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What is Willard and how do I get it?

What is Willard and how do I get it?

Commonly referred to as a “Willard sentence” or the “Willard program”, Willard is the name of a state correctional facility where eligible offenders who are sentenced to a term of parole supervision serve the first ninety days of such parole. These ninety days focus primarily on treatment and education regarding drug addiction, providing a way for eligible offenders to be rehabilitated and then supervised without serving unnecessarily long prison sentences. After successful completion, the participant is released and serves the remainder of the sentence on parole while at liberty.

Who is eligible for Willard?

Section 410.91 of the Criminal Procedure Law governs eligibility for Willard. To be eligible, the offender must:

  1.  Be convicted of a specified felony offense, which are:
  2. Not be convicted of any non-specified felony offenses; and
  3. Have not previously been convicted of either:
  4. Not be subject to an undischarged term of imprisonment.

Once eligibility has been established the court can order the sentence be executed as a sentence of parole supervision if it finds “(i) that the defendant has a history of controlled substance dependence that is a significant contributing factor to such defendant’s criminal conduct; (ii) that such defendant’s controlled substance dependence could be appropriately addressed by a sentence of parole supervision; and (iii) that imposition of such a sentence would not have an adverse effect on public safety or public confidence in the integrity of the criminal justice system.”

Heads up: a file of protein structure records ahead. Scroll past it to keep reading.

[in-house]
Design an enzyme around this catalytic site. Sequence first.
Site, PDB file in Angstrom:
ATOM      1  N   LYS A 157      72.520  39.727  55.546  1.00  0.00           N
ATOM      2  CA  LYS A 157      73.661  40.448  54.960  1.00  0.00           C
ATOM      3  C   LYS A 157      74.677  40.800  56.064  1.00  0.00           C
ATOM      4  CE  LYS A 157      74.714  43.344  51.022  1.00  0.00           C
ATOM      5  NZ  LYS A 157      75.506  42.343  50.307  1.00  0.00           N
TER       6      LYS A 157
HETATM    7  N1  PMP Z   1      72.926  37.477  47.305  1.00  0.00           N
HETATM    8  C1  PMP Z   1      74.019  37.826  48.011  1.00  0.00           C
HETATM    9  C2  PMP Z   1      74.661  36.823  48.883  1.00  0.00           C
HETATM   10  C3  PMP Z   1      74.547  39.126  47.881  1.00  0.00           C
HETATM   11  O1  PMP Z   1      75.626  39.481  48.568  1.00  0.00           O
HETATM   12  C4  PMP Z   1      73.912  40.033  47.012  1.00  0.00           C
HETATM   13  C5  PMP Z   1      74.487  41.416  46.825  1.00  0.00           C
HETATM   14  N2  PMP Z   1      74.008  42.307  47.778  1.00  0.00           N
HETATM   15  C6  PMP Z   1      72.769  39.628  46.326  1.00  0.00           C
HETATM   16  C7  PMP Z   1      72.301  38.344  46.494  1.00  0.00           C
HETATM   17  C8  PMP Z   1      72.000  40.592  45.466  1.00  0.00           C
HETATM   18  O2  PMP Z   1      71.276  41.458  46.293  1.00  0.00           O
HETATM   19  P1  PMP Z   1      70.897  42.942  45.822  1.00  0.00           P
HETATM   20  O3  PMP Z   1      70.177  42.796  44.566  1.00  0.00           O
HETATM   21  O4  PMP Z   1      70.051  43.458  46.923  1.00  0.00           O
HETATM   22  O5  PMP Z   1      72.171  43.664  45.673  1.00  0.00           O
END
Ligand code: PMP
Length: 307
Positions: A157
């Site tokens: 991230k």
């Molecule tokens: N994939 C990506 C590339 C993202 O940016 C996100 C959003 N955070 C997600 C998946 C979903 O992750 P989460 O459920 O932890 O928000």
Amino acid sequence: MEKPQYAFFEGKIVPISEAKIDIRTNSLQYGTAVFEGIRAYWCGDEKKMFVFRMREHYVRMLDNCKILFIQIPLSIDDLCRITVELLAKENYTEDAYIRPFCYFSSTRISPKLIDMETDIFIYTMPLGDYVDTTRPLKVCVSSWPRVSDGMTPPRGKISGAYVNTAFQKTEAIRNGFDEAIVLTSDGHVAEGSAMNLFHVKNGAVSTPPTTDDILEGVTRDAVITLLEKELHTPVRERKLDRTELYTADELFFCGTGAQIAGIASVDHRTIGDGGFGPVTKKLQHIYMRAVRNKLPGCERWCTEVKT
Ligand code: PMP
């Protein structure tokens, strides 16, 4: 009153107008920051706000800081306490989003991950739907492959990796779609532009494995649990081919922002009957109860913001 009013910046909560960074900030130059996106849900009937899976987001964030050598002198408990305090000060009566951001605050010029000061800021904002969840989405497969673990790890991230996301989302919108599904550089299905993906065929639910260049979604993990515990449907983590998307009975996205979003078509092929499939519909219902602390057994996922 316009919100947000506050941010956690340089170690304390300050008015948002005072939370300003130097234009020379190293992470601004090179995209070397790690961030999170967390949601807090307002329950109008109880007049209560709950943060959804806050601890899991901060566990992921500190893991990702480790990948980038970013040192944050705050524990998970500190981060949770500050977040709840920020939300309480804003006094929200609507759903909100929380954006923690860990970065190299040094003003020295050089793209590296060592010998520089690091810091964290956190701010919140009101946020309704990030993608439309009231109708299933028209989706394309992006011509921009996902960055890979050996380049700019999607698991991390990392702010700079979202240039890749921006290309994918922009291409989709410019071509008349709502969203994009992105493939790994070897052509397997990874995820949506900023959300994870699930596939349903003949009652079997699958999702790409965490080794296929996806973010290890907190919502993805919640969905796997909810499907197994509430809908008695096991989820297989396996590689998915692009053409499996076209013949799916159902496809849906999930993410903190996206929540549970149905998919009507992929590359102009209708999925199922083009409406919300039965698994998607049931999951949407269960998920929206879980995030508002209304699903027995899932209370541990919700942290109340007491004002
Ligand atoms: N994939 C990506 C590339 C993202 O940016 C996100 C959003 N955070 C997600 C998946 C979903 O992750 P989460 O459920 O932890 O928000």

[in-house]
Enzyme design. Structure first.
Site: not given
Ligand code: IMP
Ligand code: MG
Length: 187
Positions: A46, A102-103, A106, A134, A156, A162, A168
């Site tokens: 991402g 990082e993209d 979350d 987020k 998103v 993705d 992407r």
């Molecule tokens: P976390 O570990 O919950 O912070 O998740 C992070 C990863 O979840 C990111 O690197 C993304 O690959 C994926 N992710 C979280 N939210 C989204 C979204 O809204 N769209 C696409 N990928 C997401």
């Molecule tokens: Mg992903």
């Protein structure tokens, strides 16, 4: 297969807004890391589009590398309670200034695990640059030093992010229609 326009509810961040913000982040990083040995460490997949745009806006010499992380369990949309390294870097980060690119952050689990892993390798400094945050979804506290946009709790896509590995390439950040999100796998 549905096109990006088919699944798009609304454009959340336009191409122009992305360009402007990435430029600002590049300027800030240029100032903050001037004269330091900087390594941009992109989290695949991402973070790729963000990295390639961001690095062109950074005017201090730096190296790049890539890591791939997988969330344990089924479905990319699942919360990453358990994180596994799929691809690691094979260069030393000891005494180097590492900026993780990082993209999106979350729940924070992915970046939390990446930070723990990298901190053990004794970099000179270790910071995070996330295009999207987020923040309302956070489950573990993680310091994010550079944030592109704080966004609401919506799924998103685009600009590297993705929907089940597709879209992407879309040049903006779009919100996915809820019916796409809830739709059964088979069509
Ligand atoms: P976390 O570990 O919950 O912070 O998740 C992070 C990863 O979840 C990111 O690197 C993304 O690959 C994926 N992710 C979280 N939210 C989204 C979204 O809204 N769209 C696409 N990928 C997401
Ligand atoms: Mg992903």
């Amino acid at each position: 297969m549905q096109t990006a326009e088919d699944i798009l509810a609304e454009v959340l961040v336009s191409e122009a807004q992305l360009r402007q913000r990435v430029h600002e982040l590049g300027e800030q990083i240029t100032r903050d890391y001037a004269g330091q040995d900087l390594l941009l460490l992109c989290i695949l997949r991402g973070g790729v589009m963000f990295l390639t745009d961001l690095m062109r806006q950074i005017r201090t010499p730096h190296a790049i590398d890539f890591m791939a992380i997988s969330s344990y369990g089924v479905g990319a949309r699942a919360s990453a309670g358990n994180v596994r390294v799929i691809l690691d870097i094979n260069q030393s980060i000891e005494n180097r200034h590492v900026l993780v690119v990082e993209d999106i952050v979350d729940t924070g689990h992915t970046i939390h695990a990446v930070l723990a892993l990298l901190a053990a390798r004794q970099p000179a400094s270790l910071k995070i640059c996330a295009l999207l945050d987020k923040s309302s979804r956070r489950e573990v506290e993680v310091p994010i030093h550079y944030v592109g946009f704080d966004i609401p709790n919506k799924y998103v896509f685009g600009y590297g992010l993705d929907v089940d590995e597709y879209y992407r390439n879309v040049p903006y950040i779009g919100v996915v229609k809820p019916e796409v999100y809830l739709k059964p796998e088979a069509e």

Note, however, that even if eligible, the prosecution may insist a plea offer be conditioned upon the defendant not receiving Willard. Additionally, the court has the ability to deny Willard even where both the prosecutor and defense agree to it. Care must, then, be taken to understand the terms of any negotiated plea.

If you or someone you know is charged with a crime, the attorneys at Larkin Ingrassia & Tepermayster have over fifty years of combined criminal defense experience in Orange, Dutchess, Ulster, Rockland, Westchester, Sullivan and Putnam Counties, including both litigating cases in court and in arriving at plea resolutions favorable to our clients’ needs. Contact us for a free criminal case consultation.

Footnotes:

  1. Does not include theft of firearms.
  2. Does not include criminal possession of stolen firearms.
  3. Until July 5, 2021.
  4. Only if the attempted version of the specified offense is also a felony.
  5. Other than a class B controlled substance felony offenses.

Related:

What is Shock Incarceration, and how do I get it?
What is Judicial Diversion, and how do I get it?